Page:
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March 15, 2018 BOOKLIST
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Josh Wilker’s Cardboard Gods (2011) falls firmly in the former category. It’s a memoir about baseball and baseball cards, both subjects close to my childhood heart. Growing up in 1970s Vermont with a mother heavy into the counterculture, Wilker had to endure the absurdities of an “alternative” school on one hand and the townies’ taunts of “hippie dipshit” on the other. Baseball and, especially, baseball cards delivered the constancy young Josh craved—the players’ photos on the front of the cards, crisp and clean, and the statistics on the back, which spoke of a well-ordered world in which one hit in three at-bats always equaled excellence. My parents, a couple of decades earlier, were about as far from the still-nascent counterculture as it was possible to be, but I found my own kind of beauty in those cards and the excellence they enshrined, so different from my own bumblings on the Little League playing fields of Dallas, Oregon.
Much closer to my own experience are the deeply felt autobiographical essays in Willie Morris’ Always Stand In Against the Curve (1983), about a young boy’s infatuation with sports in the 1950s. In the title essay, Morris is cautioned about the importance of not bailing out when confronted with a curve ball; stand in, his father counsels, and don’t be afraid of being hit. A metaphor, of course, but purely practical advice, too—and not easy to follow. The young pitchers didn’t throw many curve balls in my little league, but at the merest hint of one heading toward my body, I could invariably be found in a puddle on the ground, having failed not only to stand in but also to stand at all.
The only game I was ever much good at as a kid was golf, but with plenty of opportunity to play and a fine golfer for a father and coach, I was definitely an underachiever—good but always falling a little short. All golfers know the experience of never quite reaching their potential—it’s that kind of game—which could be why there are so many excellent golf memoirs by writers who respect the game’s melancholy core (John Updike, among them). My favorite golf memoir, though, is Andrew Grieg’s Preferred Lies (2007), about Scottish poet and novelist Grieg’s return to the links following brain surgery. This lyrical celebration of golf is the perfect antidote for anyone whose love of the game has been tainted by its unfortunate association with a certain disreputable chief executive. Grieg celebrates golf’s “inner-directed, individualistic pleasures . . . those moments when the same body that weds us to pain, aging, loss, and death becomes also our delight in this world.” Can’t imagine the chief exec saying that.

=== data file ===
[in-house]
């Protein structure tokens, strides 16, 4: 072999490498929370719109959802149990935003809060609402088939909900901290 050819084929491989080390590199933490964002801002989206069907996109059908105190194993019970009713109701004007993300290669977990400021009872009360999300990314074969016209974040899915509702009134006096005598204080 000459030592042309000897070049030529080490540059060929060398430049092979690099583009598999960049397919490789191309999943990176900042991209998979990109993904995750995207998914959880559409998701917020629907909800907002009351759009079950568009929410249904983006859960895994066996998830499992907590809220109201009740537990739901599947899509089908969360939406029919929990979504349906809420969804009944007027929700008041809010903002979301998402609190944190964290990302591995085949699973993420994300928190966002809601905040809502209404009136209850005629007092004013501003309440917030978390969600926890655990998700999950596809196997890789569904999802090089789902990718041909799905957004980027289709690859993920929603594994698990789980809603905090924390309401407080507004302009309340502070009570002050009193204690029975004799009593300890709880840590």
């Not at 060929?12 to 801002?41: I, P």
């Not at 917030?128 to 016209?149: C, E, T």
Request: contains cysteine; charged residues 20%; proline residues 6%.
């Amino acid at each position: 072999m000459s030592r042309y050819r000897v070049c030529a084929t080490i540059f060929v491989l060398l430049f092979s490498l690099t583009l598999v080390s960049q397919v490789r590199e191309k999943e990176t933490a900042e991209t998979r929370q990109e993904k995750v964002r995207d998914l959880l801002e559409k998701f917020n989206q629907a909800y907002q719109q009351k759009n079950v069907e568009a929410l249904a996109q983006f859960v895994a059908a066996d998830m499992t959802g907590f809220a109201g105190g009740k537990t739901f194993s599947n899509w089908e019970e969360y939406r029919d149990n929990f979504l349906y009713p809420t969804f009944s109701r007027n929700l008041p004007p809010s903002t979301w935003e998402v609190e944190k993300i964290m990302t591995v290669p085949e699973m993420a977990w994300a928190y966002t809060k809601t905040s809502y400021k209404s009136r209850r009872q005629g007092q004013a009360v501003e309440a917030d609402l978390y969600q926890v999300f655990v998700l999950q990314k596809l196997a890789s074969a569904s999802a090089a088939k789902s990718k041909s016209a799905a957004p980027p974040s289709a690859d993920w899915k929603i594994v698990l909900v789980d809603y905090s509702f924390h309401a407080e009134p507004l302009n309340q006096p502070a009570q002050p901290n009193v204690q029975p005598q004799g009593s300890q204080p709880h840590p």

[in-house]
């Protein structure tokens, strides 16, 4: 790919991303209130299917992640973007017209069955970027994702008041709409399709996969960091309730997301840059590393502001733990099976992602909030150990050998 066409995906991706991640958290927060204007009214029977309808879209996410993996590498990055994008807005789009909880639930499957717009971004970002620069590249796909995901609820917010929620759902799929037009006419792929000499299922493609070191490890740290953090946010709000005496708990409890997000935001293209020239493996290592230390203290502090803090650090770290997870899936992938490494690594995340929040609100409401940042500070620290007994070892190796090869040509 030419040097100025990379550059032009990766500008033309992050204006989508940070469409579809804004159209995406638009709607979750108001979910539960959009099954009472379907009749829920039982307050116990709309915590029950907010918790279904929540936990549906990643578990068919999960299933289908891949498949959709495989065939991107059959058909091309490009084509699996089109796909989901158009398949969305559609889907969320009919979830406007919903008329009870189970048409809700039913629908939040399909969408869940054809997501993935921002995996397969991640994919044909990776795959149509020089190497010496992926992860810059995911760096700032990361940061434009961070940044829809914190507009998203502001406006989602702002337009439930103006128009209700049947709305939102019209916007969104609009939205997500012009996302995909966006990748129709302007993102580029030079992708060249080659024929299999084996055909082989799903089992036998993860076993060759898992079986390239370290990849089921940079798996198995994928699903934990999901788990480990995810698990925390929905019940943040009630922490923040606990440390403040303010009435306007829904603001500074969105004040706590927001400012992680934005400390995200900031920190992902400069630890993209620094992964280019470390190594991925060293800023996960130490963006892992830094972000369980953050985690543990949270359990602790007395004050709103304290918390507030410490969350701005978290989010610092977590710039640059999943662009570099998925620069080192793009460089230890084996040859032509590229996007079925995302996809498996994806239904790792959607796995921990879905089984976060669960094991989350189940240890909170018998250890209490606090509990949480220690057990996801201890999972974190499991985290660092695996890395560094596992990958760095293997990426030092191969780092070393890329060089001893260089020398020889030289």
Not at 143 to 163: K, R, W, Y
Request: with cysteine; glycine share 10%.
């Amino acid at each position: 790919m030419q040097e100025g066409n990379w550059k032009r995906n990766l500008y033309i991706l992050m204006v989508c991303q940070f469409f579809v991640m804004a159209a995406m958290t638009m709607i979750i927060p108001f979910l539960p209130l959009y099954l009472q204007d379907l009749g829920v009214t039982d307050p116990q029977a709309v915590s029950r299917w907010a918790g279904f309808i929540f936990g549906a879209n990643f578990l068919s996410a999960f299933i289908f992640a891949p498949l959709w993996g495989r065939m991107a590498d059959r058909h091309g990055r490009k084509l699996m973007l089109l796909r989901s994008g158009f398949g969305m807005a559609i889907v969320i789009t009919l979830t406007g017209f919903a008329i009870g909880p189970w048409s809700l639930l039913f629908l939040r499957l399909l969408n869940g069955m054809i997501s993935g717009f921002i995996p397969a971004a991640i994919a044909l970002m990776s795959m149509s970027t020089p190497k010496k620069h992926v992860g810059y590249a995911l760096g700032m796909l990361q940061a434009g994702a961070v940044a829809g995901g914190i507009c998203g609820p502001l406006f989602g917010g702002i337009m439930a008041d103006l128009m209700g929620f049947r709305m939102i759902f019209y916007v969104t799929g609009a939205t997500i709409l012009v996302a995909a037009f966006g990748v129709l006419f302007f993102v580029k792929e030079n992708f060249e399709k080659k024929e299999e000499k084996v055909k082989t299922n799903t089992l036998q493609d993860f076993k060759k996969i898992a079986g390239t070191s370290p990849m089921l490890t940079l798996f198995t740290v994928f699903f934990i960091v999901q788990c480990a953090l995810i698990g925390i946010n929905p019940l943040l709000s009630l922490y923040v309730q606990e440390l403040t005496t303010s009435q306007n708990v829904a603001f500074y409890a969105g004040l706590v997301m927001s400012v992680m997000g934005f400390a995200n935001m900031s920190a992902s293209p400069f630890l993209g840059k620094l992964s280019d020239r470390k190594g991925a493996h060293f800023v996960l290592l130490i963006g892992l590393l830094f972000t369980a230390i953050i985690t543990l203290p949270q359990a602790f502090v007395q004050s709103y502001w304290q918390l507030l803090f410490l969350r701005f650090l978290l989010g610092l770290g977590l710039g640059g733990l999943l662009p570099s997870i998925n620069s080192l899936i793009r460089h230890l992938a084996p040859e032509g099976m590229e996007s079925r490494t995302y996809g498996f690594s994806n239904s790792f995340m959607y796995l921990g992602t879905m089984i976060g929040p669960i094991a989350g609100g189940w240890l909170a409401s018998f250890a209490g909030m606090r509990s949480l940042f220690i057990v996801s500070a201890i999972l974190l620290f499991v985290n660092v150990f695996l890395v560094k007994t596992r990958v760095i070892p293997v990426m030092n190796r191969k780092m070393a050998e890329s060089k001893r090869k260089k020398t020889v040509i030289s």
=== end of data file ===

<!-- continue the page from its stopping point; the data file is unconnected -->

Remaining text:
Having been a wimpy kid, I was never a boxer. In fact, I’ve never hit anyone with a fist in my life, though—at age 10 or so—I was the victim of a one-punch knockout when my friend Rob delivered a crushing right cross to the bridge of my nose during a poker dispute. I was a great boxing fan, though, and count Sugar Ray Robinson and, of course, Muhammad Ali among my top sports heroes. But my favorite boxing book is Jonathan Rendall’s This Bloody Mary Is the Last Thing I Own (1998). It’s the story of Rendall’s marriage to and divorce from boxing, as a writer, manager, and promoter, and it’s one of those books, like Frederick Exley’s A Fan’s Notes (1968), in which the words seem to bleed their way onto the page. Like Exley, too, Rendall writes about his own pain with astounding humor.
We end with poker. I played some poker in college and a fair bit as a kid (see episode of the broken bridge above), but when it comes to Texas Hold ’Em, I barely know the turn from the river. So why do I so love Colson Whitehead’s The Noble Hustle: Poker, Beef Jerky, and Death (2014)? That subtitle is probably reason enough, but, really, it’s because of what the book isn’t: another account of math whizzes going to Vegas and making a gazillion dollars. Yes, Whitehead does go to Vegas, staked to a seat at the World Series of Poker, but he doesn’t last long—long enough, though, to observe those nine other people at the table, their “weathered faces showing the underlying narrative of their decay.” Whitehead calls his book “Eat, Pray, Love for depressed shut-ins,” and that pretty much says it, if you remember that the eating part is mostly about beef jerky and the praying is for aces. This is one of those books that never stops surprising you, and that’s reason enough to love it.
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